Use this URL to cite or link to this record in EThOS: http://ethos.bl.uk/OrderDetails.do?uin=uk.bl.ethos.601612
Title: Structural and functional characterisation of the protein targets of the anti-virulence compounds, the salicylidene acylhydrazides
Author: Beckham, Katherine S. H.
ISNI:       0000 0004 5353 2043
Awarding Body: University of Glasgow
Current Institution: University of Glasgow
Date of Award: 2014
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Abstract:
Escherichia coli contributes to the commensal microbiota of most mammals by producing vitamins and aiding digestion. However, several strains of E. coli have evolved as pathogens and have become highly adapted for specific niches through the acquisition of pathogenicity islands. E. coli O157:H7 is a commensal bacterium of cattle but if transferred to humans, usually by contaminated food products, it can act as a pathogen. In humans E. coli O157:H7 causes diarrhoea, haemorrhagic colitis and in some cases haemolytic uremic syndrome which can result in death. Clinical treatment of this pathogen is difficult since the antibiotics currently available have been shown to worsen the clinical outcome of infection. Therefore, the discovery of novel anti-bacterial therapies is of high importance. A novel approach to limit pathogenesis is to target the factors used by bacteria to cause disease - their key virulence factors. In theory, such approaches should only compromise the ability of the pathogen to cause disease, rather than its ability to survive, thereby reducing the selective pressure for the development of resistance mechanisms. The type three secretion system (LEE T3SS) is a key virulence factor for E. coli O157:H7 as it facilitates tight attachment to host cells and the secretion of effector proteins. The importance of this virulence factor for the disease process makes it an attractive target for anti-microbial therapies. The salicylidene acylhydrazides (SA) are a class of compounds that inhibit the expression of the T3SS of several Gram-negative pathogens. When this study was started, the mode of action of these compounds was completely unknown. An affinity pull-down assay to identify the binding proteins of the SA compounds was conducted. Identification of the target proteins of the compounds was the first step in determining their mechanism for decreasing the expression of the LEE T3SS in E. coli O157. The pull-down identified nineteen putative targets, none of which had previously been linked to the regulation of the LEE T3SS. The aim of this thesis was to systematically investigate the putative targets using a combination of approaches: phenotypic studies of deletion mutants and structural and functional characterisation of the target proteins. From the nineteen putative targets seven were selected for further investigation namely Tpx, WbrA, FolX, FkpA, FklB, SurA and AdhE. Several of these proteins were shown to bind to the SA compounds however deletion of only one of the target proteins resulted in a decrease in LEE T3S. This target, AdhE, offers an exciting new lead in the search for novel targets for antibacterial therapies.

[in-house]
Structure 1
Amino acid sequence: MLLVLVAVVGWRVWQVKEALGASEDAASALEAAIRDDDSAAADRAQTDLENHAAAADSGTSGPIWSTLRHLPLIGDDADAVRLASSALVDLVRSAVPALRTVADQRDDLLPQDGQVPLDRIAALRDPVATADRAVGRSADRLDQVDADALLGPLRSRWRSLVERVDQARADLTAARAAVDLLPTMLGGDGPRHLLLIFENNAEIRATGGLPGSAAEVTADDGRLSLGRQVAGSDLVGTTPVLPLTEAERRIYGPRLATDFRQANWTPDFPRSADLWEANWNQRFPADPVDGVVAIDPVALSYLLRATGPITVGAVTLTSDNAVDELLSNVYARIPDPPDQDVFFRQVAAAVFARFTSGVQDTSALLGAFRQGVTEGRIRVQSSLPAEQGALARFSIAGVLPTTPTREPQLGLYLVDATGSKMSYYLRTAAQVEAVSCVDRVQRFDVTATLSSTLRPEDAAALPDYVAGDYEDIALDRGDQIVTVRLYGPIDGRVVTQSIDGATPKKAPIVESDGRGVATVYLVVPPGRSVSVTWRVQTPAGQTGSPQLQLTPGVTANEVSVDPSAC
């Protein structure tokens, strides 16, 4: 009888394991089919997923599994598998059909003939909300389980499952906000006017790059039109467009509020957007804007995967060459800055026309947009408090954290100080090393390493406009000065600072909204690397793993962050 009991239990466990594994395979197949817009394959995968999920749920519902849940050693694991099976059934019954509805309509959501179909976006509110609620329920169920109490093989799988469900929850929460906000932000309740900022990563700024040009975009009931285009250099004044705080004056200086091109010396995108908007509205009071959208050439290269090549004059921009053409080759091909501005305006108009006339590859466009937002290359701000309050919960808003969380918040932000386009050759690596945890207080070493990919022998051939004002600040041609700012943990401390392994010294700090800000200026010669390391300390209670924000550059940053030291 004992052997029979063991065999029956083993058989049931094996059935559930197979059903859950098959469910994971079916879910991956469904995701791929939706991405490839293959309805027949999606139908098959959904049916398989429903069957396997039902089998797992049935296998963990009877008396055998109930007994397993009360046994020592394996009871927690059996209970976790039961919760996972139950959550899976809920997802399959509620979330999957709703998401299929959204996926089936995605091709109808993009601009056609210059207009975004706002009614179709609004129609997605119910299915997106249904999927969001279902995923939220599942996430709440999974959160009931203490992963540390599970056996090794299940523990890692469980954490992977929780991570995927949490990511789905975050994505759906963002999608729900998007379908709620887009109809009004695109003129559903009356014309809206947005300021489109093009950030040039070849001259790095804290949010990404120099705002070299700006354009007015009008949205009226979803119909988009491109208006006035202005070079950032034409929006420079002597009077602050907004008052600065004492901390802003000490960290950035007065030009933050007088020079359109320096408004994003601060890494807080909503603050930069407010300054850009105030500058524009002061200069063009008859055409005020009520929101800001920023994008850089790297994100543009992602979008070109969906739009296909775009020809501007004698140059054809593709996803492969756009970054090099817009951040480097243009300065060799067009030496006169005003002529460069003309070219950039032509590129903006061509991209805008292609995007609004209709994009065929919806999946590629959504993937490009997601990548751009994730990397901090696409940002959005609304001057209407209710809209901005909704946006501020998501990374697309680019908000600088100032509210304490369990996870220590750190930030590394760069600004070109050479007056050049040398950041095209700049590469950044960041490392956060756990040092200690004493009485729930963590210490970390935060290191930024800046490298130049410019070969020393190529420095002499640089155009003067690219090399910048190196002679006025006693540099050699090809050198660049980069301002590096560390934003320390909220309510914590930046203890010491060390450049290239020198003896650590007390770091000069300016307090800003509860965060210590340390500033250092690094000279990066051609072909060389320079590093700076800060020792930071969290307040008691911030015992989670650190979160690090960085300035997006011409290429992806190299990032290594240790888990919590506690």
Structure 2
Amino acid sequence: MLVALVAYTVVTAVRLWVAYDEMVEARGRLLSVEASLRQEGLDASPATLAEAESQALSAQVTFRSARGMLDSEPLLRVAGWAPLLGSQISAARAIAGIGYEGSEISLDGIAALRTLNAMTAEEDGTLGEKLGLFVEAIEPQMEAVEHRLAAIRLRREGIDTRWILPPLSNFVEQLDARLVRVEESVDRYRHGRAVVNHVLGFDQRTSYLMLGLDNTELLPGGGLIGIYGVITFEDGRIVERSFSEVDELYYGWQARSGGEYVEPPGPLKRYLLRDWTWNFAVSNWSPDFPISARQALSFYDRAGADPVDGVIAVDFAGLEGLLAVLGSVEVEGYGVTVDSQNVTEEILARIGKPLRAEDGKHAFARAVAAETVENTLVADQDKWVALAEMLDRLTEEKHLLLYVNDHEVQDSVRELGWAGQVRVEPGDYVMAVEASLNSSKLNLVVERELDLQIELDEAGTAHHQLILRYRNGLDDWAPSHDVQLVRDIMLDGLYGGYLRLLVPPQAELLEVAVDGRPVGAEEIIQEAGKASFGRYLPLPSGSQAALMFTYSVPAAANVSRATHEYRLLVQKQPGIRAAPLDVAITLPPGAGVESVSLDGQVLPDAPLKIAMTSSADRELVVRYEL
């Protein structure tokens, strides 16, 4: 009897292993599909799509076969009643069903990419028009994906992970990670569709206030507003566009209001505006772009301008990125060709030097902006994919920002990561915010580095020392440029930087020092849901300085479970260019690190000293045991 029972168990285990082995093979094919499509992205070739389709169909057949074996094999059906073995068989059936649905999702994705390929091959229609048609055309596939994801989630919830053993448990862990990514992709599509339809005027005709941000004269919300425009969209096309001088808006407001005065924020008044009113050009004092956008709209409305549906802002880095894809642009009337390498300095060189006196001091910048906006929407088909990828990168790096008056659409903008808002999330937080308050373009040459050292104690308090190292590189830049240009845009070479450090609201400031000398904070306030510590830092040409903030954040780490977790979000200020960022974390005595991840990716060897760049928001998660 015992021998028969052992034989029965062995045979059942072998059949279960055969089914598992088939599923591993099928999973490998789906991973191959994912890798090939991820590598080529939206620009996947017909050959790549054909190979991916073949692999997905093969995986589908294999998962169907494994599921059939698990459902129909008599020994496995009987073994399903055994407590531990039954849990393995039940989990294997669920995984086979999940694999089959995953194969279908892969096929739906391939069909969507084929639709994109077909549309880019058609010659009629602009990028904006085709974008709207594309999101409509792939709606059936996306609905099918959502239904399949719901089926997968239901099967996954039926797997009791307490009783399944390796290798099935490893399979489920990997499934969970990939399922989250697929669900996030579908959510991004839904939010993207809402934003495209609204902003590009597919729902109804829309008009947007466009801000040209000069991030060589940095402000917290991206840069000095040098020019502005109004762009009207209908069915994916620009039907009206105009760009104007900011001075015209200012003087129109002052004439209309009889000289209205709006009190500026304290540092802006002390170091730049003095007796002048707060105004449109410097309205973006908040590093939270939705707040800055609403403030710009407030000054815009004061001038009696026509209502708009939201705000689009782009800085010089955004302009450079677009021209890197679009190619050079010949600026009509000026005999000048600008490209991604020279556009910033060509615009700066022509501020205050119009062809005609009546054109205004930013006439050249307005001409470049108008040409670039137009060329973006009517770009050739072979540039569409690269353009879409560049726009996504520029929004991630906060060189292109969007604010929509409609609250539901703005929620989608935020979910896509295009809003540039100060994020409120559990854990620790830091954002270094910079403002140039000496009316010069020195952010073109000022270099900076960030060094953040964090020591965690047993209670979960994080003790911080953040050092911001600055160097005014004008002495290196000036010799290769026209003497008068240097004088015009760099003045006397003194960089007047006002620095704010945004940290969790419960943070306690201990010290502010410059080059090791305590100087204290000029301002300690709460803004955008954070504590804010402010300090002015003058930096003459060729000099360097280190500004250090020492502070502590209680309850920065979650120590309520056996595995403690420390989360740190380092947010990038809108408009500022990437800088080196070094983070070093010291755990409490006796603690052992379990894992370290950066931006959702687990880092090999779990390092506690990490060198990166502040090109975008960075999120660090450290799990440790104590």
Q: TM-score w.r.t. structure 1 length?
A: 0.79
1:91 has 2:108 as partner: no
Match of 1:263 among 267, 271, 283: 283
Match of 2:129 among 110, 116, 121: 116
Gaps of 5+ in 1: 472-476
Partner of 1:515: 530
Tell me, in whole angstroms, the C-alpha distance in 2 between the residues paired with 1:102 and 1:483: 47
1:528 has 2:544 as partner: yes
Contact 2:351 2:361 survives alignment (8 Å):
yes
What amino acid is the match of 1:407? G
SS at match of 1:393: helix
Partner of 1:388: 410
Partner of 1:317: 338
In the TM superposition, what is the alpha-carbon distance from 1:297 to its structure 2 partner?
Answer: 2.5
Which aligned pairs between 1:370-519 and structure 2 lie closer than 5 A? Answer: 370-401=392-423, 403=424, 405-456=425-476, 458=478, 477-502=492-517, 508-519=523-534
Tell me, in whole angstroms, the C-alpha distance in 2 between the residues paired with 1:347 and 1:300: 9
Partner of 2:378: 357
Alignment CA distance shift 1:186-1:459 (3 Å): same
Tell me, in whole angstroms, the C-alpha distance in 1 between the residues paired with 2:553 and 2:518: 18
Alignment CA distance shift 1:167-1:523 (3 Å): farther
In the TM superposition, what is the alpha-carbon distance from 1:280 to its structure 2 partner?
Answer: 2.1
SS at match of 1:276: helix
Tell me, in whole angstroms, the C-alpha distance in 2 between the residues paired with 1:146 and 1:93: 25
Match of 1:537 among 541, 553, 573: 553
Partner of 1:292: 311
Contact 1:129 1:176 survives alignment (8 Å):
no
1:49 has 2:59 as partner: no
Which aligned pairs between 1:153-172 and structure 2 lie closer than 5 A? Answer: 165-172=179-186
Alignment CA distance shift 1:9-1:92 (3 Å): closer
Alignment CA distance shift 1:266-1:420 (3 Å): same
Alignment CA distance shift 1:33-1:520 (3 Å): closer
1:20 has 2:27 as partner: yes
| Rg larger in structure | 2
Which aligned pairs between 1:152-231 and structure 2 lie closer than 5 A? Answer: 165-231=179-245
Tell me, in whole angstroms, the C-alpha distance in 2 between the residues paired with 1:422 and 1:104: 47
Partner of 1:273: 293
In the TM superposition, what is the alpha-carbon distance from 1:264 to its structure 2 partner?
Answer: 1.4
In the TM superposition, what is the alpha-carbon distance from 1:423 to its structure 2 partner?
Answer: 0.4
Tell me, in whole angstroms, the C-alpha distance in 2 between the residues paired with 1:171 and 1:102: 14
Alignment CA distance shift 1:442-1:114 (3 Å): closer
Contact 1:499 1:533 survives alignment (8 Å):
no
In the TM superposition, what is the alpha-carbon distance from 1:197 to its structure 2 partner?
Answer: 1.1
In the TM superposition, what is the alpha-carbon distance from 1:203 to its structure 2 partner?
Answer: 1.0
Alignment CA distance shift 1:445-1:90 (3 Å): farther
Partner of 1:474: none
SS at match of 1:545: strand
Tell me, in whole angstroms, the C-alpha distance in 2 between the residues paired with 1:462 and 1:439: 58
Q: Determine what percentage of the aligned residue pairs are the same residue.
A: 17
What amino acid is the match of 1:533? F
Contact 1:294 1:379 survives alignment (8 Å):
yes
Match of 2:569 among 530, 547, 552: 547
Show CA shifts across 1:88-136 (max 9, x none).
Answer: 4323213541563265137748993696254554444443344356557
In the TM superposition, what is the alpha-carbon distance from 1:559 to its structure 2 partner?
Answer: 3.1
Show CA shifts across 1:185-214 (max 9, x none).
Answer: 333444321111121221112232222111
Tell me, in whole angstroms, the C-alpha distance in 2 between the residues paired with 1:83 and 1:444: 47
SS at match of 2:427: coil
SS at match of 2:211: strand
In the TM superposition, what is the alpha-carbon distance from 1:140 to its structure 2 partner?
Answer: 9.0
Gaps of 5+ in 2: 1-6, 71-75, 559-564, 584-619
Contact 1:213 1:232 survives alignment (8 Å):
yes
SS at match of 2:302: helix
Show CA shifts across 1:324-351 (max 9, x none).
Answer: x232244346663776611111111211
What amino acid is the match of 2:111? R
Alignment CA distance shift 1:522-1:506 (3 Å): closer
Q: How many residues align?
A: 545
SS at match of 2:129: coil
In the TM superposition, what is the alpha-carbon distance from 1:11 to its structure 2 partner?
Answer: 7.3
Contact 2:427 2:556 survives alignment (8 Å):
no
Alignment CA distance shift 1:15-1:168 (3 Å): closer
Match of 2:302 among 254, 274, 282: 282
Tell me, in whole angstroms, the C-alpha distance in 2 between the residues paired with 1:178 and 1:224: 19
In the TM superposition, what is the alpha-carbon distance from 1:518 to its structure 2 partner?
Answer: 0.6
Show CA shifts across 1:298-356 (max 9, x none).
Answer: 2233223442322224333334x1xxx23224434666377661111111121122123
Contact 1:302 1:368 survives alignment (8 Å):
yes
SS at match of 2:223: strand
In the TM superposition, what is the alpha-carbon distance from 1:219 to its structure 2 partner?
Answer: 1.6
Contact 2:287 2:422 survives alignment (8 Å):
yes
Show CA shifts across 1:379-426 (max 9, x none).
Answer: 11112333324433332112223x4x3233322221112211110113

Supervisor: Not available Sponsor: Not available
Qualification Name: Thesis (Ph.D.) Qualification Level: Doctoral
EThOS ID: uk.bl.ethos.601612  DOI: Not available
Keywords: QR Microbiology ; QR180 Immunology
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